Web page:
Jan. 16 (Bloomberg) -- Austria’s Salzburg province owns undisclosed investments worth 1.35 billion euros ($1.8 billion) that were accrued through bypassing the province’s government and hidden from auditors and supervisors.
The investments, which include funds, shares and bonds, come on top of interest rate swaps and other derivatives that had been known by the government and have a market value of 451 million euros, Salzburg’s Finance Chief David Brenner told regional lawmakers today. The investments were made with 1.7 billion euros of loans and the province’s net investment position is positive, according to Brenner, who presented a probe into the funds by auditors and investment analysts.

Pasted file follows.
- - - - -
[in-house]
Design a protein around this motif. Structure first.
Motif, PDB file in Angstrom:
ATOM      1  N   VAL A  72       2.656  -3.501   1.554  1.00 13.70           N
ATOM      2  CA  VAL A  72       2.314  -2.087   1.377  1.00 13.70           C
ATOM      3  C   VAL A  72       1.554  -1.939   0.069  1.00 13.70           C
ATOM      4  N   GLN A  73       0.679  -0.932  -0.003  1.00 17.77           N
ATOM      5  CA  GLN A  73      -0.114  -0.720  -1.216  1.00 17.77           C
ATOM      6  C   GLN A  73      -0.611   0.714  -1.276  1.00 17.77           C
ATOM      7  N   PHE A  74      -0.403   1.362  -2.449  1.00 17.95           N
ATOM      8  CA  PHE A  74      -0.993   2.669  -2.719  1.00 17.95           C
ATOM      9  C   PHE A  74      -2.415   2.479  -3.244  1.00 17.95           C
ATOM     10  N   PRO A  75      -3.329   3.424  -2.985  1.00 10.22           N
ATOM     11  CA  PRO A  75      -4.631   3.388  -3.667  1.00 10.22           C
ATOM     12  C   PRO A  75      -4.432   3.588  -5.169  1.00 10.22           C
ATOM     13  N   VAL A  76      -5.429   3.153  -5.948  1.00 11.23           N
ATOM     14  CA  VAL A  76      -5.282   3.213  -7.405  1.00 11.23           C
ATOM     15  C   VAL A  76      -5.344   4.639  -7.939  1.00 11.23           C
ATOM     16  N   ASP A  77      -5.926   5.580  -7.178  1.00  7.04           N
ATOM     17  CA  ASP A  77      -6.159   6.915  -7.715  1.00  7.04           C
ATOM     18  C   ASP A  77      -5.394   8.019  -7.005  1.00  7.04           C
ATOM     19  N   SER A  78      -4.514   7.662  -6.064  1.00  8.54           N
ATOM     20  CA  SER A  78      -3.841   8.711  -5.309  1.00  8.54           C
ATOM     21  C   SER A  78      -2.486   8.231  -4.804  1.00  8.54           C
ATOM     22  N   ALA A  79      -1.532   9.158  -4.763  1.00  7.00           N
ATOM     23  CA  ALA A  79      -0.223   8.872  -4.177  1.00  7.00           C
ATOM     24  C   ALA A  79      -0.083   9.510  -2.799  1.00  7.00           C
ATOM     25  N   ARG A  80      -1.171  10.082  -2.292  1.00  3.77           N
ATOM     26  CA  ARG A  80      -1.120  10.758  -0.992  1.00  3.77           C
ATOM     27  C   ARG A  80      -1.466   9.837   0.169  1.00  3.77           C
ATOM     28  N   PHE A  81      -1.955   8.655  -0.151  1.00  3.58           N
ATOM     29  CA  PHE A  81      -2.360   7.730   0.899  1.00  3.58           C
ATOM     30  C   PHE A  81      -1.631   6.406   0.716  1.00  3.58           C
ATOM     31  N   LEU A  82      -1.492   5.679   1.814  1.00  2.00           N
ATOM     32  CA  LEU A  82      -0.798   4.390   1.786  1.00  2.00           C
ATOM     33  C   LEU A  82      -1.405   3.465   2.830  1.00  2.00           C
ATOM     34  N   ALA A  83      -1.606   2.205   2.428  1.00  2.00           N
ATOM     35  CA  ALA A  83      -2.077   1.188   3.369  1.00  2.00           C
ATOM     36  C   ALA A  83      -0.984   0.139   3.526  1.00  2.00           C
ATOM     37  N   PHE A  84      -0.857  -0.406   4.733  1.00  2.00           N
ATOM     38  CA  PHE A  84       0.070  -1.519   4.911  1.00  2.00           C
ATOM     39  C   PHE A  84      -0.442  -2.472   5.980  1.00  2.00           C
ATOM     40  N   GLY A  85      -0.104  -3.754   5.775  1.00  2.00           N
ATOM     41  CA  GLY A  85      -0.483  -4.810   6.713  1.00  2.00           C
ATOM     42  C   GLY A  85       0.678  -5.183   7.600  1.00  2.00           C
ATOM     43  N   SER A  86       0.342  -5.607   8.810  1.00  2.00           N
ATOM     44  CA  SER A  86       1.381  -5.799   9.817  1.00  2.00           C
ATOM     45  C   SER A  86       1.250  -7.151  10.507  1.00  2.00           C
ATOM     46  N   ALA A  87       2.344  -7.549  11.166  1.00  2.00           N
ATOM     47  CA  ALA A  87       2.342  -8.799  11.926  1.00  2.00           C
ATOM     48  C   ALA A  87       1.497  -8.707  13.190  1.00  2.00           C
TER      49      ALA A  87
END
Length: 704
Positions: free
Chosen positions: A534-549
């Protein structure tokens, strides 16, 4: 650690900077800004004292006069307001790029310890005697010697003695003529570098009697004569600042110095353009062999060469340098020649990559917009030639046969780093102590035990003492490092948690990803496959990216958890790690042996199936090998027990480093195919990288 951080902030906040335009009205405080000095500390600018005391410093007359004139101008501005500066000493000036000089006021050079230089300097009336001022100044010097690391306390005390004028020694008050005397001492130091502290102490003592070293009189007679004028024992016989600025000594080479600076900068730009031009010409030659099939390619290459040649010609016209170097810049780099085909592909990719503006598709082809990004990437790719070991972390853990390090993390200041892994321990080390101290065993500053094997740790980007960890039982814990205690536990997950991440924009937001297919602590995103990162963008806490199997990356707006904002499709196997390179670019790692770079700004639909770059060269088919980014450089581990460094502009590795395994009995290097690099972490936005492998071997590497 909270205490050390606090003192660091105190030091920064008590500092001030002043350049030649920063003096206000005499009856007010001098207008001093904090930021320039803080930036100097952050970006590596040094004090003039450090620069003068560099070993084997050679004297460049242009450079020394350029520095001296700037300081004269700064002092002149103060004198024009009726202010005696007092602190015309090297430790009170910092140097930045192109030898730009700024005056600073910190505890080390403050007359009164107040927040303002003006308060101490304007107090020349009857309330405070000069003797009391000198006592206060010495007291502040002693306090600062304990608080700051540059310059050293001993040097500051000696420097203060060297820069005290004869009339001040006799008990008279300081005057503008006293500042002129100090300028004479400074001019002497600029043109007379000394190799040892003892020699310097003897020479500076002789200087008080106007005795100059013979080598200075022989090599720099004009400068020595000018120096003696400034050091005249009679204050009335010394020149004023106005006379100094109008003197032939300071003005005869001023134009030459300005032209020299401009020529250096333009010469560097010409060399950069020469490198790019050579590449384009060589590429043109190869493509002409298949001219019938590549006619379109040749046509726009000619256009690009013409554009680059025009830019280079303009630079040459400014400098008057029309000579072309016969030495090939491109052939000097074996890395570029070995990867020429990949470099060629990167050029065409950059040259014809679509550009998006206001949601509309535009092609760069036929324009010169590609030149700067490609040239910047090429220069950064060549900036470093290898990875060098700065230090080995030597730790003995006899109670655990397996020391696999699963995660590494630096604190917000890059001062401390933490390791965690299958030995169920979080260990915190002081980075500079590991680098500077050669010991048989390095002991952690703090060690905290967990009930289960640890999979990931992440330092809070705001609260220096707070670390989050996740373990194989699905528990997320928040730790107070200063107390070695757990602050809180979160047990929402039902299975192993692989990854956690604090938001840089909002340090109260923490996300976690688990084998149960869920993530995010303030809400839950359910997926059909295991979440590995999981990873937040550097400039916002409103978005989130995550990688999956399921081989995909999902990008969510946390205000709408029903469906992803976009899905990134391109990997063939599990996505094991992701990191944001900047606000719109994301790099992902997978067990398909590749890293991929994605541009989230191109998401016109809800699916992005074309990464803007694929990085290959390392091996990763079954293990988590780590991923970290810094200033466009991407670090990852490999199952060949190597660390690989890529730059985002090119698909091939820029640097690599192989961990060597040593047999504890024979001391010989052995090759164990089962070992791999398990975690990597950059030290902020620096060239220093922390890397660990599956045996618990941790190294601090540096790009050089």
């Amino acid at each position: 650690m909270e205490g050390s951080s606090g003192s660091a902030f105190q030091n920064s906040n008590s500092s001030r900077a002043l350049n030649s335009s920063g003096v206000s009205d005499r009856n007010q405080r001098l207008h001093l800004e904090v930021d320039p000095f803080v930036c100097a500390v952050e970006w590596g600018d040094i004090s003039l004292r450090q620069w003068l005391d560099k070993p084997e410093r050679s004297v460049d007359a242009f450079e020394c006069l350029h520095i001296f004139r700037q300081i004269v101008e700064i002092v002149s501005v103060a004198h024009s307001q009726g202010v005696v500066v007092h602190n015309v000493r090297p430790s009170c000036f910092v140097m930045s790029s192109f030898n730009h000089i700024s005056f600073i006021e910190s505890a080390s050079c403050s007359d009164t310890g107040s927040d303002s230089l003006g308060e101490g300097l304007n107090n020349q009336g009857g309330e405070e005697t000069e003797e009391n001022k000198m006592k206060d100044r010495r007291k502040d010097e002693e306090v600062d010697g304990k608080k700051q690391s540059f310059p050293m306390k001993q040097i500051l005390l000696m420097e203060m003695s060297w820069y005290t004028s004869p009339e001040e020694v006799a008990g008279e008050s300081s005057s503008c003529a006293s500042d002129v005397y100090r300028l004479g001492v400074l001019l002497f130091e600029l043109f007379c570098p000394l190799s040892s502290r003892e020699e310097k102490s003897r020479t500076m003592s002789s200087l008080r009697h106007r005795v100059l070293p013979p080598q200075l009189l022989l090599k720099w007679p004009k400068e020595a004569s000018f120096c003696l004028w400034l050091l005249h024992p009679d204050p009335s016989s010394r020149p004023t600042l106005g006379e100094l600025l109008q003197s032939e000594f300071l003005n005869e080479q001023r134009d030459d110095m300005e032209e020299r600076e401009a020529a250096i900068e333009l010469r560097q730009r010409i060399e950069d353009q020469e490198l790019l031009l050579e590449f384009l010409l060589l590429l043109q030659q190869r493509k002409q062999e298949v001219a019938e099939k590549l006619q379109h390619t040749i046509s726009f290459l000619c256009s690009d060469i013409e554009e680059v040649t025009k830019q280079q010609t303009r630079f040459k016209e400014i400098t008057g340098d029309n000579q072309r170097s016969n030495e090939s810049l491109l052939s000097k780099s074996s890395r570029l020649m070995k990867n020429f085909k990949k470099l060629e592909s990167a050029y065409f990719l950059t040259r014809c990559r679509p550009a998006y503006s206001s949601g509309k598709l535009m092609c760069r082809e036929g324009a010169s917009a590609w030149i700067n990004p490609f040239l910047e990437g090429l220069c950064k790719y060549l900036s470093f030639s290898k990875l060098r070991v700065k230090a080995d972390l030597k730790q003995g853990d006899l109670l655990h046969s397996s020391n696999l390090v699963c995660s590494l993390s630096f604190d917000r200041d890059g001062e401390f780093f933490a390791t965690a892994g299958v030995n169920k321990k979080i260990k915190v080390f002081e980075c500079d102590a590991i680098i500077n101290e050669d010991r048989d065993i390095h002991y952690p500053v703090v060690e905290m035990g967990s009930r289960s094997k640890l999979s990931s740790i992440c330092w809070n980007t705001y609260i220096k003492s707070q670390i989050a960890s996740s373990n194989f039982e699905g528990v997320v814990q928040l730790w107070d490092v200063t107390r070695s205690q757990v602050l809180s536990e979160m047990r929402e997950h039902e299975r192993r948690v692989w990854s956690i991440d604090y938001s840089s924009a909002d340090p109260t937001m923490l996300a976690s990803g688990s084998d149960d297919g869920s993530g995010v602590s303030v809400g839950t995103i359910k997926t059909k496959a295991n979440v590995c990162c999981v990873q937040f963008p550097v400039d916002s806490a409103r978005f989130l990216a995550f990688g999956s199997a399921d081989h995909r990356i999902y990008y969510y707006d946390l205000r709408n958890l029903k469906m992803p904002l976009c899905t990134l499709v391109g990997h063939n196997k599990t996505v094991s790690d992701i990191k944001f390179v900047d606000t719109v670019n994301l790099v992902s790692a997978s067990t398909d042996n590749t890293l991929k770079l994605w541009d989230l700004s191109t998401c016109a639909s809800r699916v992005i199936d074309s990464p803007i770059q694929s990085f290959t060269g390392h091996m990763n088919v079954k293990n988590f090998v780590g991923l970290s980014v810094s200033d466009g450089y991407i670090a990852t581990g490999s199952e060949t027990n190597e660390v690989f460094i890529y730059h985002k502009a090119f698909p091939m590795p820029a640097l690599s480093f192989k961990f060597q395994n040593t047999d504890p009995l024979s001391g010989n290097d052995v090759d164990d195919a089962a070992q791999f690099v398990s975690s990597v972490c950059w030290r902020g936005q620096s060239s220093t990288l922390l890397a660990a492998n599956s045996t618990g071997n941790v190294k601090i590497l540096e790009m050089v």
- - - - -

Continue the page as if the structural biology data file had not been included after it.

“They were made over years, hidden from all controlling bodies and eventually caused a political crisis and an understandable anger and confusion in the population,” Brenner said in a presentation broadcast via the Internet. Brenner last month announced he would resign next week following the presentation of the investigation.
Salzburg initially put the losses at 340 million euros when Brenner announced Dec. 6 that he fired a civil servant accused of having run up and hidden the investments. The probe into the province’s finances then found new and previously unknown investments made over more than a decade.
Salzburg, the region whose capital is the western Austrian town of the same name, is one of Austria’s nine provinces. It has a population of 534,000. Its official debt is 874 million euros, or about half the size of its investment portfolio.
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